Our last Open Day was two weeks, but a whole season ago. On a still, warm day, Marco welcomed and pressed the gathering grapes as the audience pressed in; Vi worked wonders on the winter plant stall; whilst inside the building the “World of Chillies” workshop spun round again.
This year, it featured a live hot pepper sauce making demonstration from condiment queen, Mamma V; Hannah and Hannah taking on the Pepper Medic role, circulating tasters followed by bread/ sugar/ milk pain relief; and three flavours of chilli vodka. The 2013 chilli collection was also deeper and broader, with eighteen cultivars spanning four different species and every continent on the planet, bar Antarctica.
Asia is headed up by the infamously ferocious “Naga”; Europe the sweet heat of “Romanian Yellow”; Sub Saharan Africa has “Bird’s Eye” aka. “African Devil”; Australasia, the great expanse of “Capsicum Joe’s Long Cayenne”; and the Americas – the very birthplace and first stomping ground of the capsicum – give us “Bolivian Rainbow”, “Ring Of Fire” (USA) and Mexico’s searing “Habanero”.
There are some shocking omissions: Southeast Asia, the Middle East, and China have no representation, despite chillies playing a zinging role in their respective cuisinés. But I have confidence this will be remedied in time, with organic precision: for every “Orange Scotch Bonnet” (Caribbean) or “Hungarian Hot Wax” obtained from commercial seed companies, there is a “Rose” (Portugal) or “Little Girls’ Fingers” (Brazil) that has been passed to us by hand: someone has, on their travels, found a particular pepper playing a pivotal role in the provincial gardening or cooking culture. They have then brought back the seeds, or fruit containing them, to Hawkwood, where we’ve grown them on, more than not with success, and true-to-type.
There are resonances here of the “Plant Hunters”, those celebrated botanists of the eighteenth and nineteenth centuries, who travelled with early British expeditions to “uncontacted” countries. I hope there are some crucial differences too. Exciting as their adventures may have been, these men, such Joseph Banks in Australasia and Robert Fortune in China, played key roles in the British Empire’s exploitative mission: plundering plants as an economic resource; using them to force open markets and destroy local economies with their export plantations. Everywhere they landed, they acted as if they owned the place, regardless of who was already there, living on the land. Plants, men, and ultimately the land itself were taken without asking, and with violence where any objection was raised.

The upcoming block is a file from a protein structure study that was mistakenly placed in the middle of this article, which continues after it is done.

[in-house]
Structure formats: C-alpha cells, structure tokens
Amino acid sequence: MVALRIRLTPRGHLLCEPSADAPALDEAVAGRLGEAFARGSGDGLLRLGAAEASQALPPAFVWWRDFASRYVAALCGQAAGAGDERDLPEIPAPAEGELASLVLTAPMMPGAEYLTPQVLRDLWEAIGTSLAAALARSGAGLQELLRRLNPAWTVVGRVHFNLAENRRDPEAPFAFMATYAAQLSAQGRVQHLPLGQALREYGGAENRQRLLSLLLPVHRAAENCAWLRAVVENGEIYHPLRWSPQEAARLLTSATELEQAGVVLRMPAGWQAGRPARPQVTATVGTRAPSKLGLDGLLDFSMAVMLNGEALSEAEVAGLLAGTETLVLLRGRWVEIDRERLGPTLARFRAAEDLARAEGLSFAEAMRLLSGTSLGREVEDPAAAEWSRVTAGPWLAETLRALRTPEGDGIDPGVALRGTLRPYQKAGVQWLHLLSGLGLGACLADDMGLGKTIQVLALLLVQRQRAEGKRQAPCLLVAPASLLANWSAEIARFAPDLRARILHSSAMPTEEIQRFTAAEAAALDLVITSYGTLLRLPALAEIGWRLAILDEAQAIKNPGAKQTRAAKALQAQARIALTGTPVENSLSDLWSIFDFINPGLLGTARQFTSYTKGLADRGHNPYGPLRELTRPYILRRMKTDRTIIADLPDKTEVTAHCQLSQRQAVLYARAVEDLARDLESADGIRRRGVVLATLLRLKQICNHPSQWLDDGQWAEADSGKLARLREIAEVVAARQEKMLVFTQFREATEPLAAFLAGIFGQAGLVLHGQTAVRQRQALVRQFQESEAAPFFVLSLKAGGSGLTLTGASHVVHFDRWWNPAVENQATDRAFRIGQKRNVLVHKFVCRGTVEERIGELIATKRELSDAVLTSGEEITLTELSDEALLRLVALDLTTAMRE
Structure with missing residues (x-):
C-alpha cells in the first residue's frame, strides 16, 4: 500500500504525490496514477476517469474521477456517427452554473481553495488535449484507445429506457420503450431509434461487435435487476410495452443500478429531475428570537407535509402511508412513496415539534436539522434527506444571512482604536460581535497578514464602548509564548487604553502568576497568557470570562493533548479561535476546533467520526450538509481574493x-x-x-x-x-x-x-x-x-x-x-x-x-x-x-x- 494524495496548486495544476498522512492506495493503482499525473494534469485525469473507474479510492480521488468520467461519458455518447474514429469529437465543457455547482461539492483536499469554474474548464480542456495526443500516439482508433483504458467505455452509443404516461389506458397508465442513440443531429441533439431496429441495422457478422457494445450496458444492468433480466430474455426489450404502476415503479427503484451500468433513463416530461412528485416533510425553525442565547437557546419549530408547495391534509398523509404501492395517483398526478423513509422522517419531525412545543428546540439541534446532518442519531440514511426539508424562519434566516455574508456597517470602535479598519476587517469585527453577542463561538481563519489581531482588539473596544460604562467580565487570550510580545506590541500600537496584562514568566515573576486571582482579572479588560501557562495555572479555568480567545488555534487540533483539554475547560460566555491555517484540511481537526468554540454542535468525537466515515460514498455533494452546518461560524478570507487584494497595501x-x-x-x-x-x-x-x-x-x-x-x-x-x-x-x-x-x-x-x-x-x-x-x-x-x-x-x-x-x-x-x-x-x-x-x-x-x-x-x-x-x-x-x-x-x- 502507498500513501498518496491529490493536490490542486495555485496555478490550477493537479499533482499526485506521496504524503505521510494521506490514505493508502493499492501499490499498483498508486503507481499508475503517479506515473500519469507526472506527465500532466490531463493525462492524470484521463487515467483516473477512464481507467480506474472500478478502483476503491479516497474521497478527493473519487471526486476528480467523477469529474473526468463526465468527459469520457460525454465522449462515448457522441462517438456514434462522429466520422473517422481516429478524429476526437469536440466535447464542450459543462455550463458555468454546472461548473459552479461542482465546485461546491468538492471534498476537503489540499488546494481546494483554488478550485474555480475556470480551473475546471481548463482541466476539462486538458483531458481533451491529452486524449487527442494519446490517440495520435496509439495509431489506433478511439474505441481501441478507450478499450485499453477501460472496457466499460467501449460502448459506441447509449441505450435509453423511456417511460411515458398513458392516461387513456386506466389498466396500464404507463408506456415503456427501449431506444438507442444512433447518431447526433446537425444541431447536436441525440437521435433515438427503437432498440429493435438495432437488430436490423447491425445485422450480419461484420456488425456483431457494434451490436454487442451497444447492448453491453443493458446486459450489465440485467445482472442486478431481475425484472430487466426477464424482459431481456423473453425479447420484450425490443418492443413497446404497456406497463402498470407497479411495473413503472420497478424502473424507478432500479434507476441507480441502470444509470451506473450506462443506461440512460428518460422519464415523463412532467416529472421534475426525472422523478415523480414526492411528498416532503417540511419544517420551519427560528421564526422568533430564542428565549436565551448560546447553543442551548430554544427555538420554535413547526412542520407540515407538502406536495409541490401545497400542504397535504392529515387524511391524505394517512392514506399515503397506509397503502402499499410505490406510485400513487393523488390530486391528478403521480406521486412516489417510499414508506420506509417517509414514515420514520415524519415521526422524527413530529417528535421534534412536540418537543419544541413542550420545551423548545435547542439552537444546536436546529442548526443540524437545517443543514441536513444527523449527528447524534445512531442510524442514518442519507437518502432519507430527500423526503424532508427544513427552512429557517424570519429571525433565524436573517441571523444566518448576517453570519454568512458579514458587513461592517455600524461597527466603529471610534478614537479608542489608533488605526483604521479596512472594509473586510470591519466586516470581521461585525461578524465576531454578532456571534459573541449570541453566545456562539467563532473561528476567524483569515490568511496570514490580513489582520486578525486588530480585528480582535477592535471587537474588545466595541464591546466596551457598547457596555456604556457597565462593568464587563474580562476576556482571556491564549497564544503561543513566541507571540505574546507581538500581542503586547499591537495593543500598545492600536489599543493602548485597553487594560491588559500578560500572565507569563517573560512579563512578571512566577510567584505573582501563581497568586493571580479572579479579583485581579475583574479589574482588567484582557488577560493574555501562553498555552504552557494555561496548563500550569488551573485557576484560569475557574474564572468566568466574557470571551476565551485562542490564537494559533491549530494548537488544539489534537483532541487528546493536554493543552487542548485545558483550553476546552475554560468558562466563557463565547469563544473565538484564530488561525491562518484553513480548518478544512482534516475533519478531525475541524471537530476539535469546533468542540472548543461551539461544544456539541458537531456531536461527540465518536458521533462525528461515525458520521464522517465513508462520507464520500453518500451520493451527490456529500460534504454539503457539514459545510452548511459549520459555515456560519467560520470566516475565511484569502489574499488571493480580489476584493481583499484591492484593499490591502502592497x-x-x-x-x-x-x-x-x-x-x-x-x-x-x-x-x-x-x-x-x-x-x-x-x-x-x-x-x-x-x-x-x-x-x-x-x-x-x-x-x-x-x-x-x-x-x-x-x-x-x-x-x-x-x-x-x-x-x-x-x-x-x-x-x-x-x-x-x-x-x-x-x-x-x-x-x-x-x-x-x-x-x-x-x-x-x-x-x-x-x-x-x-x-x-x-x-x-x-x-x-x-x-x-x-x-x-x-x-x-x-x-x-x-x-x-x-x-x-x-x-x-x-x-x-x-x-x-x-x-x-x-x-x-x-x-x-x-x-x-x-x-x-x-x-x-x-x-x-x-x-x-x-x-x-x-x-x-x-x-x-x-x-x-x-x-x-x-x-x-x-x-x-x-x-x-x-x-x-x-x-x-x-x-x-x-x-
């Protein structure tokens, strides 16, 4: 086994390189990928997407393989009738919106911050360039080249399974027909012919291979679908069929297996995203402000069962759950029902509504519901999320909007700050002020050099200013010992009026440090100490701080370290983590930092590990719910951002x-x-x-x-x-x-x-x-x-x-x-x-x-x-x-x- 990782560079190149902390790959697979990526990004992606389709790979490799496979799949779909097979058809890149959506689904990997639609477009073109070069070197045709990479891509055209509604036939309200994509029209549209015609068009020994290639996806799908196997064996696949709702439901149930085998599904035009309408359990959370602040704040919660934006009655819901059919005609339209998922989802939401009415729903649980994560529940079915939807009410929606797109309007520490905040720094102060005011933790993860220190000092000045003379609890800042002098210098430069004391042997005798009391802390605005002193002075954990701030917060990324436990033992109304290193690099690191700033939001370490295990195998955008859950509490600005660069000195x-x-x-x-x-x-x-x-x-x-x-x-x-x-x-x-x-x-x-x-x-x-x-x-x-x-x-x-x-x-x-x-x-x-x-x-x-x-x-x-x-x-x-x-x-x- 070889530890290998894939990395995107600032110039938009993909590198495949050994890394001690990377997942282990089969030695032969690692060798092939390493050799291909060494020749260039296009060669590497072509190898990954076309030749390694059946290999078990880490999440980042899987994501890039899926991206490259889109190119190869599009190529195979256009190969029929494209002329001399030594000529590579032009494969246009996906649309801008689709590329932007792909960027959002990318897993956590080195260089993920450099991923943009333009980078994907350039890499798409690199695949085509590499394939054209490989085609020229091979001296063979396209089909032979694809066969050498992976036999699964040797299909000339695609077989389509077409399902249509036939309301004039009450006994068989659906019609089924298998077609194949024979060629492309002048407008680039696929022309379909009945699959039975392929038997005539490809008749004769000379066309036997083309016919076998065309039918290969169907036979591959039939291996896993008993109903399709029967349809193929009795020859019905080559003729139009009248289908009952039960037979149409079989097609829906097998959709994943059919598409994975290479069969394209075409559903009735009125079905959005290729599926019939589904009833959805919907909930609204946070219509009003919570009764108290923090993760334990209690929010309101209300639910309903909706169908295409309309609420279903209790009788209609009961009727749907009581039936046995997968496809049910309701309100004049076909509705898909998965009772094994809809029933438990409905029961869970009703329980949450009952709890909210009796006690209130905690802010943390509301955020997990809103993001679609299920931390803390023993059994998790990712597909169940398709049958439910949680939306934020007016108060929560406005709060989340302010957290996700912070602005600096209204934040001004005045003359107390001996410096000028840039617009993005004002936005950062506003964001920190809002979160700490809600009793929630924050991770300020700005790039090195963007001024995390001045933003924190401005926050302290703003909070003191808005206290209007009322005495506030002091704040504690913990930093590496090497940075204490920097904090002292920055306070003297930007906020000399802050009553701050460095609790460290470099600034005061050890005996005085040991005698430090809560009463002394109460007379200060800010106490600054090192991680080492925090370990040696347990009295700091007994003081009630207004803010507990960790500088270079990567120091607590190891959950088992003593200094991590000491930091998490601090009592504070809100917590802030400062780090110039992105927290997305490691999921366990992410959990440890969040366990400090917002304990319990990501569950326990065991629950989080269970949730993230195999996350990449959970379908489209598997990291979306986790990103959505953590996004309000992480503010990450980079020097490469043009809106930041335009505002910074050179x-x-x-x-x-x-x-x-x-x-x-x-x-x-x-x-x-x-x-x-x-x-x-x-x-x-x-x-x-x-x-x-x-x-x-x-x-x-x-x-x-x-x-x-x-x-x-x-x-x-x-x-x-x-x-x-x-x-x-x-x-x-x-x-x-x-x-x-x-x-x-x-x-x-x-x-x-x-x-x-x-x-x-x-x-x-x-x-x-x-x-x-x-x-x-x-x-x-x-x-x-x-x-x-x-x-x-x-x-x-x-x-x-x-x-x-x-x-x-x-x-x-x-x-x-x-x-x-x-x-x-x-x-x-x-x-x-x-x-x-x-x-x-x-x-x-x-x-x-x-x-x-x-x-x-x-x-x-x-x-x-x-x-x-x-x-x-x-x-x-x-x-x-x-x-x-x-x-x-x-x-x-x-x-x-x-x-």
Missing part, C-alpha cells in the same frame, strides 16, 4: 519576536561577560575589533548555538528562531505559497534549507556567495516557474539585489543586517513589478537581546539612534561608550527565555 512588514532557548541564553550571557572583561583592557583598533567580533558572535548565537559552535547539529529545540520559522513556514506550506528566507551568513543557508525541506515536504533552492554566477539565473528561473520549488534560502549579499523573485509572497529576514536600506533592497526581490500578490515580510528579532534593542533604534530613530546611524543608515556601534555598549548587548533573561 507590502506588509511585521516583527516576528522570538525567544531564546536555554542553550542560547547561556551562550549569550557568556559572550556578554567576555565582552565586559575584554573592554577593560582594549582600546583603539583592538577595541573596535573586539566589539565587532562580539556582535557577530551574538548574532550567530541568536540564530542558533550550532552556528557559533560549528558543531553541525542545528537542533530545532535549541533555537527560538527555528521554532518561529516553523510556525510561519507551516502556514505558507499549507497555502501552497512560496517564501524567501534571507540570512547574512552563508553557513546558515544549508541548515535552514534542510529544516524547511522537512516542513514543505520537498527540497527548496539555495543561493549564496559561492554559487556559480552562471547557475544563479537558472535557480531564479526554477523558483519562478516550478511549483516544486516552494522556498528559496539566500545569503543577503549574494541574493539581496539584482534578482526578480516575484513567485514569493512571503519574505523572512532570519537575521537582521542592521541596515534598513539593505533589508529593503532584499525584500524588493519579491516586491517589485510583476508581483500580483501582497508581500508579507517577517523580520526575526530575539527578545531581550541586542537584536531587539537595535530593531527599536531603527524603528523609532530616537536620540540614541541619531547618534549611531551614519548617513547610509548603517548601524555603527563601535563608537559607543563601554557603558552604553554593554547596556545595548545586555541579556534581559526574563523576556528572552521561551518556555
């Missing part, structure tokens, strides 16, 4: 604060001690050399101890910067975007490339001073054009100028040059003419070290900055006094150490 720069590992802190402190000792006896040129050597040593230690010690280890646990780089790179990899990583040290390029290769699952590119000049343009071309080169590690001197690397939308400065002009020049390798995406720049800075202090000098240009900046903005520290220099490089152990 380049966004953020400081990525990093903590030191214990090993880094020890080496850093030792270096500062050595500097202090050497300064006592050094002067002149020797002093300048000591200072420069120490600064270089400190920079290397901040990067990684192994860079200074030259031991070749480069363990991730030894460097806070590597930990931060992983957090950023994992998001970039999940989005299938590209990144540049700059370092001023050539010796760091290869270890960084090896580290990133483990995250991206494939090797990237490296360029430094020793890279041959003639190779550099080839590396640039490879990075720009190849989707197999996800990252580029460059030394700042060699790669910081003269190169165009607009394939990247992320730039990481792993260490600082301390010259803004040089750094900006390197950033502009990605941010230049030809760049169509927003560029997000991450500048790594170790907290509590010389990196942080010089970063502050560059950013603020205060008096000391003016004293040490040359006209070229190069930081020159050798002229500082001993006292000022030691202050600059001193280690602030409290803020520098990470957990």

The narrow worldview that enabled such behaviour is epitomised by the fact that few plants from that era retain the roots of a local name: instead, they are christened with the self-important legends of that boys’ club of botanists who happened to be strutting around the place at the time: so now we have Banksias, Bouganvillias, and Camelias in their dubious honour.
True, they were brave and excellent botanists, and merely men of their Age. Of course, that period of plant hunting and colonialism, married with our moderate island climate, gave us a rich diversity of garden and countryside that we now take for granted, that helped British gardens and gardening become truly great. It’s hard to imagine Hawkwood, for example, without the liberation of spread and colour afforded by nasturtium and cucurbit.
But the subsequent implosion of the Empire has sounded that, whilst we may celebrate the ends, the means didn’t have to be like that. In London today, the essences of the world’s cooking and growing styles are shared, in restaurants, neighbourhoods and allotments, with something approaching a mutual respect and equality. Our chilli collection begins with an interest in, and consideration for, the lands and cultures from which the little fruit burst forth. Albeit we are in a privileged position to be able to embark on travels and specimen collecting, I see it as a plant gathering from the grassroots rather than plant hunting from the turret: a better place, I reckon, for a garden to spring from.
Now, after the Spring, the Fall; of leaves, rain and celsius. We look ahead to plant hunting of different sorts: burrowing through the soil for roots and tubers – potatoes, artichokes, oca, winter radish – where once great flags of foliage flew; the scouring of the borough for unpicked apples and pears for our Scrumping project, crescendoing in Walthamstow’s Apple Day this Saturday gone; and later, after the Produce Review is through and the night is burying us, the search through the seed catalogues, for home favourites and unchartered territories.
A journey ahead: for now, time to stand firm and take in the autumn blaze: the brilliance of both chilli fruit and of broadleaved trees.